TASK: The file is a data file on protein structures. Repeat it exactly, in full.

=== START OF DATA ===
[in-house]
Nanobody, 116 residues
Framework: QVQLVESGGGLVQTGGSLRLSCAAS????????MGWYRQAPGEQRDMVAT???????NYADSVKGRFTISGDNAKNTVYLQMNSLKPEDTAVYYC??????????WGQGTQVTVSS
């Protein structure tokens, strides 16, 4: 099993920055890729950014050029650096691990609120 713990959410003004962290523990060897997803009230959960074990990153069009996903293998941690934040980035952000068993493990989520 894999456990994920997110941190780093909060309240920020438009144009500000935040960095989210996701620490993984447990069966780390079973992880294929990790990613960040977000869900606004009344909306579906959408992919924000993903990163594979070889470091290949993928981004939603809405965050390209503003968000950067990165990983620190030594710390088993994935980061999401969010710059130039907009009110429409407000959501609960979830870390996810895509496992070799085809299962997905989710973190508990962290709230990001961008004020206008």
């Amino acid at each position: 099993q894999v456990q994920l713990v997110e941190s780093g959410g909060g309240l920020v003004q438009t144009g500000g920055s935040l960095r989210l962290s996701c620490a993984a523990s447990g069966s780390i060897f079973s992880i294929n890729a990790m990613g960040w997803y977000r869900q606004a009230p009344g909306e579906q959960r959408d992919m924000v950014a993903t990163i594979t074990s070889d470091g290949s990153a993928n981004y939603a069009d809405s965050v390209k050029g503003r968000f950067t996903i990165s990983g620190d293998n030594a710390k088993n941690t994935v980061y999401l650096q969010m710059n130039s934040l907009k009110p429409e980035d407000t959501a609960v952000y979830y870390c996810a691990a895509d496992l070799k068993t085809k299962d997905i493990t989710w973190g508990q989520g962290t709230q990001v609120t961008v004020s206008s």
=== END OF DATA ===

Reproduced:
[in-house]
Nanobody, 116 residues
Framework: QVQLVESGGGLVQTGGSLRLSCAAS????????MGWYRQAPGEQRDMVAT???????NYADSVKGRFTISGDNAKNTVYLQMNSLKPEDTAVYYC??????????WGQGTQVTVSS
């Protein structure tokens, strides 16, 4: 099993920055890729950014050029650096691990609120 713990959410003004962290523990060897997803009230959960074990990153069009996903293998941690934040980035952000068993493990989520 894999456990994920997110941190780093909060309240920020438009144009500000935040960095989210996701620490993984447990069966780390079973992880294929990790990613960040977000869900606004009344909306579906959408992919924000993903990163594979070889470091290949993928981004939603809405965050390209503003968000950067990165990983620190030594710390088993994935980061999401969010710059130039907009009110429409407000959501609960979830870390996810895509496992070799085809299962997905989710973190508990962290709230990001961008004020206008």
């Amino acid at each position: 099993q894999v456990q994920l713990v997110e941190s780093g959410g909060g309240l920020v003004q438009t144009g500000g920055s935040l960095r989210l962290s996701c620490a993984a523990s447990g069966s780390i060897f079973s992880i294929n890729a990790m990613g960040w997803y977000r869900q606004a009230p009344g909306e579906q959960r959408d992919m924000v950014a993903t990163i594979t074990s070889d470091g290949s990153a993928n981004y939603a069009d809405s965050v390209k050029g503003r968000f950067t996903i990165s990983g620190d293998n030594a710390k088993n941690t994935v980061y999401l650096q969010m710059n130039s934040l907009k009110p429409e980035d407000t959501a609960v952000y979830y870390c996810a691990a895509d496992l070799k068993t085809k299962d997905i493990t989710w973190g508990q989520g962290t709230q990001v609120t961008v004020s206008s």